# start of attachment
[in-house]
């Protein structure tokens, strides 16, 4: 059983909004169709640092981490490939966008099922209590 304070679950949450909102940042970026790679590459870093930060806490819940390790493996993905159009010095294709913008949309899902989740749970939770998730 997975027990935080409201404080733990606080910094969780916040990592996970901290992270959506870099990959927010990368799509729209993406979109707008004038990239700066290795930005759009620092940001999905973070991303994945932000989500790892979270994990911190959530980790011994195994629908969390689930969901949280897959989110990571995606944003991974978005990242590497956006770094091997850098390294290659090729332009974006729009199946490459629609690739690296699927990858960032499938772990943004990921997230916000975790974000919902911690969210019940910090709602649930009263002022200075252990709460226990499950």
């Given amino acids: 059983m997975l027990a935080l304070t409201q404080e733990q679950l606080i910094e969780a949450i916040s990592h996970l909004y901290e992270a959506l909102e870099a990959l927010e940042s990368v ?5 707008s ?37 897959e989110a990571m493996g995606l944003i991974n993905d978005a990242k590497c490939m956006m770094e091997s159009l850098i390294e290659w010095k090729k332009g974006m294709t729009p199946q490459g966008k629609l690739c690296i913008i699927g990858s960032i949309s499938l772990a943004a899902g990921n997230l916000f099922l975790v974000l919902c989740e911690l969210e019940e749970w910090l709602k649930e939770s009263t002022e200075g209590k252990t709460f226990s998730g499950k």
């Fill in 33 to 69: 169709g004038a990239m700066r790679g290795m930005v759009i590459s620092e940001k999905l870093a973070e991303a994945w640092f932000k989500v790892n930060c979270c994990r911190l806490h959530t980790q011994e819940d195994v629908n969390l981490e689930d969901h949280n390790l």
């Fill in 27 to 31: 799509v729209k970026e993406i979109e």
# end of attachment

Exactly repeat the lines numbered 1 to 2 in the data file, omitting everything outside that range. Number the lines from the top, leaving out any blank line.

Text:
[in-house]
């Protein structure tokens, strides 16, 4: 059983909004169709640092981490490939966008099922209590 304070679950949450909102940042970026790679590459870093930060806490819940390790493996993905159009010095294709913008949309899902989740749970939770998730 997975027990935080409201404080733990606080910094969780916040990592996970901290992270959506870099990959927010990368799509729209993406979109707008004038990239700066290795930005759009620092940001999905973070991303994945932000989500790892979270994990911190959530980790011994195994629908969390689930969901949280897959989110990571995606944003991974978005990242590497956006770094091997850098390294290659090729332009974006729009199946490459629609690739690296699927990858960032499938772990943004990921997230916000975790974000919902911690969210019940910090709602649930009263002022200075252990709460226990499950």